The iPhone 14 Ditching SIM Cards for Good Both Angers and Pleases People

Great and terrible news

  • Apple’s new iPhone 14 lineup doesn’t have a physical SIM card tray, meaning eSIM is the only option.
  • eSIM technology allows virtual SIM cards to be assigned to iPhones without requiring little pieces of plastic to be inserted into them.
  • Experts believe eSIM technology is a better option for many people, but there are concerns for those who travel internationally and might now be faced with roaming charges.
Cropped Image Of Hand Holding Sim Card

Passakorn Leelawat / EyeEm / Getty Images

Apple's new iPhone 14 lineup is eSIM-only, a move that has experts both excited and skeptical.

With the announcement of the iPhone 14 lineup on September 7, Apple confirmed that none of the devices sold in the United States will feature a SIM card tray, meaning there's no way to install a physical card, as has been the case historically. Instead, a virtual card, called an eSIM, will be used. And while that could be beneficial for most people, there's a concern that anyone who travels might find themselves stuck with sizable roaming charges—or unable to connect entirely.

"Whenever I visit a new country, my first order of business is picking up a local SIM card in order to avoid hefty roaming charges," Jeremy Scott Foster, CEO of travel company TravelFreak, told Lifewire via email. "If certain countries aren't able to pivot away from physical SIMs—which are often bought at local shops or gas stations—the absence of a physical SIM card tray might mean I won't have the ability to tap into local telecom networks."

The Case for eSIMs

Apple’s switch away from a physical SIM card for iPhone 14 shouldn’t have come as a huge surprise. Rumors circulated that an eSIM-only iPhone could be in the cards as far back as December 2021, for example. But why make the move at all?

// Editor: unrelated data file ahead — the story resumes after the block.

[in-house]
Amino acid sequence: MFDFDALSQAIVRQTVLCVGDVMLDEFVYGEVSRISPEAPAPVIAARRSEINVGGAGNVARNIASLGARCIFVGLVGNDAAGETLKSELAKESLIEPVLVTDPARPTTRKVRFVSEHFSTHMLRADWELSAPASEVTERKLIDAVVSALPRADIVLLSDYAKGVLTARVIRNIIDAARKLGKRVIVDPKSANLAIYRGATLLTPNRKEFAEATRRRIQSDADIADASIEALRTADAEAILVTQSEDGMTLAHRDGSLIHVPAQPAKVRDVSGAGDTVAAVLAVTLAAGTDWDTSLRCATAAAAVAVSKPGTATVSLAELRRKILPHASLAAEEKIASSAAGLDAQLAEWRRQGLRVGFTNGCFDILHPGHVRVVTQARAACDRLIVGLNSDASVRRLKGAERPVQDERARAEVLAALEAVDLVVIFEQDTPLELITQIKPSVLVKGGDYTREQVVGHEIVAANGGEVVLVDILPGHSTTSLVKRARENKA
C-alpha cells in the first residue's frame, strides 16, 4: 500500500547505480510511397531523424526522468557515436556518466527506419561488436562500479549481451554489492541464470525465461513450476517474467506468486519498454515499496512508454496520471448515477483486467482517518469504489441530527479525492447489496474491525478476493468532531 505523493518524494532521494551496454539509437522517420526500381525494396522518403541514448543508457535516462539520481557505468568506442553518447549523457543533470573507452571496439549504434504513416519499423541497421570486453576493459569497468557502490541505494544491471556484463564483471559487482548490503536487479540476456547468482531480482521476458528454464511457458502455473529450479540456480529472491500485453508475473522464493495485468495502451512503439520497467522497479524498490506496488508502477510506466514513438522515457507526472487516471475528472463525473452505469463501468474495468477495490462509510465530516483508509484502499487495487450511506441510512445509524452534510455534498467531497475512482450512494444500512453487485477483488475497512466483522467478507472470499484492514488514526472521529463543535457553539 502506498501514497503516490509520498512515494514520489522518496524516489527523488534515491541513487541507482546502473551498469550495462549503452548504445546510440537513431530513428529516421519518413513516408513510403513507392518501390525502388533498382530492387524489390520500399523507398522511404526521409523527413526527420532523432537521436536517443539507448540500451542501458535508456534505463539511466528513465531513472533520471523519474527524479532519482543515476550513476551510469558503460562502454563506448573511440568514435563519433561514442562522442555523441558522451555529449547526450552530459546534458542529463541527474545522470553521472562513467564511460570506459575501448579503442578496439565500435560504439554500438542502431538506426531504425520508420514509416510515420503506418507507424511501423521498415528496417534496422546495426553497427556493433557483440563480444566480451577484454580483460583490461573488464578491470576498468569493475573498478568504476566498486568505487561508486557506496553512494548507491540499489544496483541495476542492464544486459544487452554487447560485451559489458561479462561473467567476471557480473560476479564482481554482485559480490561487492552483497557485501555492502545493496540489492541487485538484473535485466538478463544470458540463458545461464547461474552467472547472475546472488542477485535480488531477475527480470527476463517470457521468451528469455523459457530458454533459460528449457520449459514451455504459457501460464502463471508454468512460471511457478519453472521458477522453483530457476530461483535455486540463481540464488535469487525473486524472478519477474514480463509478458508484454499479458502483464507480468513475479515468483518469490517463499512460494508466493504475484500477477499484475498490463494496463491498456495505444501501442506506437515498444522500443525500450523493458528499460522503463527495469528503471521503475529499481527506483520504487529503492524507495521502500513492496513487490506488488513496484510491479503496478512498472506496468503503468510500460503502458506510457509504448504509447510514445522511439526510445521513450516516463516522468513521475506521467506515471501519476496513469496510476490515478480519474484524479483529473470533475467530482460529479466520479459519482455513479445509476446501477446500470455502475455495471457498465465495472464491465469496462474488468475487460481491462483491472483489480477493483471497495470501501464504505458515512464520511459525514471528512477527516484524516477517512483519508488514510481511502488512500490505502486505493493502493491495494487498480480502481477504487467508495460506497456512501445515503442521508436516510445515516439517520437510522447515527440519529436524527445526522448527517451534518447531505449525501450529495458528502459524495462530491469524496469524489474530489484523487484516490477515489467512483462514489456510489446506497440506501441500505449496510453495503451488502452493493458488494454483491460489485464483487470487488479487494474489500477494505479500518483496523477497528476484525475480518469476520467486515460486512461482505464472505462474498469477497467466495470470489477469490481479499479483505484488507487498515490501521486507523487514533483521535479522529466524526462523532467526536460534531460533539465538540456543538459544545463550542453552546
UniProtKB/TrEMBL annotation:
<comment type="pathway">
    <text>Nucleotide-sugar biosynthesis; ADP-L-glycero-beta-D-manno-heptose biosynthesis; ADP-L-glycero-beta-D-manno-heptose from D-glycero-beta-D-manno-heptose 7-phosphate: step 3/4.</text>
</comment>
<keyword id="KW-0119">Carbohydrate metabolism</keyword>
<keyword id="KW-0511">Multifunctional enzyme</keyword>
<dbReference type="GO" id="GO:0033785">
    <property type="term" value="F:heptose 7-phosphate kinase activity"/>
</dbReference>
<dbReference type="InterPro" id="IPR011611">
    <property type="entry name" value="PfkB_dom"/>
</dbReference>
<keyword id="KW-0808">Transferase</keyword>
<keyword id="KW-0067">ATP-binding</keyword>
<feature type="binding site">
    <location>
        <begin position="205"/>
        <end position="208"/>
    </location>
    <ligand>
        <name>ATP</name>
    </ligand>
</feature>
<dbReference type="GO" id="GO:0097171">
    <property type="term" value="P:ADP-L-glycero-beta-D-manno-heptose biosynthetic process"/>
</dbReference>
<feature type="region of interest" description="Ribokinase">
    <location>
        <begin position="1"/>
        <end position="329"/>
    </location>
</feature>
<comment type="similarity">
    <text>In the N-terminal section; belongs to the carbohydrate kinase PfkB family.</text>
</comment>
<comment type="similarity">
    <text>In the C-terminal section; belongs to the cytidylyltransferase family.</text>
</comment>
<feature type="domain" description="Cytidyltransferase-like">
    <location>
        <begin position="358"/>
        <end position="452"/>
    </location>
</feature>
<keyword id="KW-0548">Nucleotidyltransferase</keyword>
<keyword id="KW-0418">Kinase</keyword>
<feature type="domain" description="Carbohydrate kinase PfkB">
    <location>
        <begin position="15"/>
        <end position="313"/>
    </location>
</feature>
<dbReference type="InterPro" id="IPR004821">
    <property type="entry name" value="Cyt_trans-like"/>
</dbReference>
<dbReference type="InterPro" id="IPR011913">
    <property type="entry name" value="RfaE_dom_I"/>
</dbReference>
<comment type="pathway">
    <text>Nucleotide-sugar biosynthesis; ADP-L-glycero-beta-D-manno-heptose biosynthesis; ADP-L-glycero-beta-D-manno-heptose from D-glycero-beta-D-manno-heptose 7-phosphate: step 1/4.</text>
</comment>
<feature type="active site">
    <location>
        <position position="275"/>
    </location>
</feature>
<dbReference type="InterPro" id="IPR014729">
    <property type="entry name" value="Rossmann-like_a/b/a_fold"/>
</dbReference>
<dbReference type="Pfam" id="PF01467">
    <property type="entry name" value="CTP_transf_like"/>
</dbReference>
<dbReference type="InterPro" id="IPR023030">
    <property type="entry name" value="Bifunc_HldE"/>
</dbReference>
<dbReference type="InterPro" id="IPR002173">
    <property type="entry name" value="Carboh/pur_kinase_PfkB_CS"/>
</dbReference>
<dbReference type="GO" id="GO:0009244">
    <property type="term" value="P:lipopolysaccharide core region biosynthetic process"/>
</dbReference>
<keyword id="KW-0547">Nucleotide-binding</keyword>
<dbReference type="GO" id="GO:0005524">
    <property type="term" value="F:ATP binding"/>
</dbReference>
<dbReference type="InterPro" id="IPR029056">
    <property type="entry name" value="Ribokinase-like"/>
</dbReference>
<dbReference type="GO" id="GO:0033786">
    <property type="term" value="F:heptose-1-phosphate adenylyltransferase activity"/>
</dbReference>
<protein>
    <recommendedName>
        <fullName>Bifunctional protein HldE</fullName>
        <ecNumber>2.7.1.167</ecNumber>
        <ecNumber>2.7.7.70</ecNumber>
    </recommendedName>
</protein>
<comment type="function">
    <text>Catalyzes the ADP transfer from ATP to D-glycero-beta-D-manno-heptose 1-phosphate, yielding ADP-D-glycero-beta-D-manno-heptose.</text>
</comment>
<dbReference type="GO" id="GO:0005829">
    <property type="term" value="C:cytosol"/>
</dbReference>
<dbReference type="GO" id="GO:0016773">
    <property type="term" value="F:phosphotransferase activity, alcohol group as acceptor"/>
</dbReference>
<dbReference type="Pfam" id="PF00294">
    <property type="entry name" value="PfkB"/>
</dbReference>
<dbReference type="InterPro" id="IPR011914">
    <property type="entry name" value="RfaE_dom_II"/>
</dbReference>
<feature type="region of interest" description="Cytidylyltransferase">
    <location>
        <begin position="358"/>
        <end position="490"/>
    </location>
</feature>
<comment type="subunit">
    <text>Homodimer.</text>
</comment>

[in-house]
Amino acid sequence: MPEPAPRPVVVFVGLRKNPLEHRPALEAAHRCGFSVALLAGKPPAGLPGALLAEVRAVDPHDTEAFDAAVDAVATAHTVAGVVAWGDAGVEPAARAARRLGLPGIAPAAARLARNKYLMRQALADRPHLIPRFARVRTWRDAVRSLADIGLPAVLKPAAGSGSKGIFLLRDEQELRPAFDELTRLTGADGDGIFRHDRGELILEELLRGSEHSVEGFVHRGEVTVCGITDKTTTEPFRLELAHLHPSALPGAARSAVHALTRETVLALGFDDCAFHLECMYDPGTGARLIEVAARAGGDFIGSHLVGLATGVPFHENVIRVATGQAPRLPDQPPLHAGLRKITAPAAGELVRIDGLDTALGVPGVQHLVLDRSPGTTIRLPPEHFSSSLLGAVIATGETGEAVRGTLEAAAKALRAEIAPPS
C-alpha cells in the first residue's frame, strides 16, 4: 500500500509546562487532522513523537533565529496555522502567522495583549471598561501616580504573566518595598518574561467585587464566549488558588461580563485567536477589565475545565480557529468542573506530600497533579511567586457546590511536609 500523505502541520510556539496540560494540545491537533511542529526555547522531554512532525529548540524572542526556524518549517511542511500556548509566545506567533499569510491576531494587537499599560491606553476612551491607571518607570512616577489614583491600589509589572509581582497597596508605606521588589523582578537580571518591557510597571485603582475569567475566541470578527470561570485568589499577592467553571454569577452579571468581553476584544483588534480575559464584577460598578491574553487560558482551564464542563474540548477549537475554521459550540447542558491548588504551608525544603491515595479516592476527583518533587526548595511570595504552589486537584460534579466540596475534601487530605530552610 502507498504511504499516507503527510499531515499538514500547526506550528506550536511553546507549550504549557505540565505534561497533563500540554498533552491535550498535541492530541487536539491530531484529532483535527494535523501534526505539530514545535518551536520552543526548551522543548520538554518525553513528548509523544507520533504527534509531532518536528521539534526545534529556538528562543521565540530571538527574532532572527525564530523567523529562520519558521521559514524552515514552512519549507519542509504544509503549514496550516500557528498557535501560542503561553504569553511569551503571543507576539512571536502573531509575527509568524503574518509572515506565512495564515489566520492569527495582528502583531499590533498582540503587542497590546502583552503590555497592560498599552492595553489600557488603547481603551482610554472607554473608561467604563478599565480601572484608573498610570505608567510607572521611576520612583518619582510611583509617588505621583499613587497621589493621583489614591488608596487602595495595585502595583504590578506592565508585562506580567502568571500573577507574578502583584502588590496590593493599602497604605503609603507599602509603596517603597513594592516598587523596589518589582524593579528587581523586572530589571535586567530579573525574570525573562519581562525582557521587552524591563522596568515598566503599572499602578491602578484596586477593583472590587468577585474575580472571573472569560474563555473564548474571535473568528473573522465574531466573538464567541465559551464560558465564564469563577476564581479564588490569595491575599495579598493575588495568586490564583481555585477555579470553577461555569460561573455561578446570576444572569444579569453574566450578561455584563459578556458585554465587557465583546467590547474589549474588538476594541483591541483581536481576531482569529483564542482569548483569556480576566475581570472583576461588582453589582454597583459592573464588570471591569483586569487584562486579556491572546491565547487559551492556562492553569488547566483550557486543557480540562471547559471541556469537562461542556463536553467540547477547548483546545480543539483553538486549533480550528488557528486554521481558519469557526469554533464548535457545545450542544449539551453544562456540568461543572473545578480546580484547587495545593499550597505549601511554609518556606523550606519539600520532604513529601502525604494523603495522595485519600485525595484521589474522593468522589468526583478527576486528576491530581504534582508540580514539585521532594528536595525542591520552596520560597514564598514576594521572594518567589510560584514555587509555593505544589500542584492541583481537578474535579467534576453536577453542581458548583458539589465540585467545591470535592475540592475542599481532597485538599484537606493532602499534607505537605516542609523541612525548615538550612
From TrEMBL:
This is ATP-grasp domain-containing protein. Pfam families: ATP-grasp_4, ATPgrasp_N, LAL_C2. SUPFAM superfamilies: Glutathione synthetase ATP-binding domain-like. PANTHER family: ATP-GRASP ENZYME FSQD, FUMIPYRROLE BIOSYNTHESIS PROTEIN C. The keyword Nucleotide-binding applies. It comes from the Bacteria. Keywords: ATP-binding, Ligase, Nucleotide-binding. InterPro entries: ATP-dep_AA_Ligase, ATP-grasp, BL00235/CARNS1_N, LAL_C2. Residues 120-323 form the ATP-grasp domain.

Speaking via YouTube, analyst and long-time Apple-watcher Rene Ritchie suggested that moving to a virtual SIM card would be a boon for people with accessibility issues. With an eSIM, Apple ensures that those people no longer have to do battle with fiddly SIM card ejector tools or, once those tools have invariably been lost, an unfurled paperclip. 

It also removes any potential for a physical defect to cause iPhone features like SMS to fail, which benefits everyone. Ritchie shared details of one such problem happening to a family member, an issue that wouldn’t have happened if they’d been using an eSIM.

The Case Against

As great as eSIM sounds, however, some experts have yet to be convinced, not so much about the benefits of eSIMs, but whether the loss of physical SIM card benefits will prove to be too much to bear.

The ability to place a local SIM card into an iPhone when traveling is something many experts have highlighted as the main reason they're concerned about this move. Analyst Michael Gartenberg, writing via Twitter, was quick to voice his worries by saying that "the removal of a SIM card is a pretty big deal beyond just changing phones," adding that "going overseas and popping in a cheap local SIM just got a lot harder."

Not being able to use a local SIM might leave some without connectivity, while others will be forced to pay their home carrier's expensive roaming charges. Using a local carrier by using a physical SIM card bought from a local store solves that problem right now, but that won't be possible for iPhone 14 owners because there's no place to install it. 

...the absence of a physical SIM card tray might mean I won't have the ability to tap into local telecom networks.

They could pick up an eSIM, though. And while some worry that international eSIM support could be spotty, others argue that, in their experience, that couldn't be further from the truth.

If early pre-order reports are any indication—especially for iPhone 14 Pro models—none of this seems to be impacting demand for Apple's latest flagship devices. In fact, the pre-order period was so hot that Apple's systems couldn't cope. But some experts are already saying the SIM situation is enough to give them pause.

"As someone who works in travel (and while I'm traveling), the ability to connect is of paramount importance," added Foster. "If the removal of physical SIMs means I won't be able to connect abroad, unfortunately, an upgrade to the iPhone 14 simply won't be feasible." 

Albeit a bit of a niche problem, it's still a fair concern for people to have, but with Apple unlikely to bring the SIM card tray back in future models (remember how the headphone jack didn't return?), those people may need to change their minds rather than wait for Apple to. Or simply settle for the phones they have.

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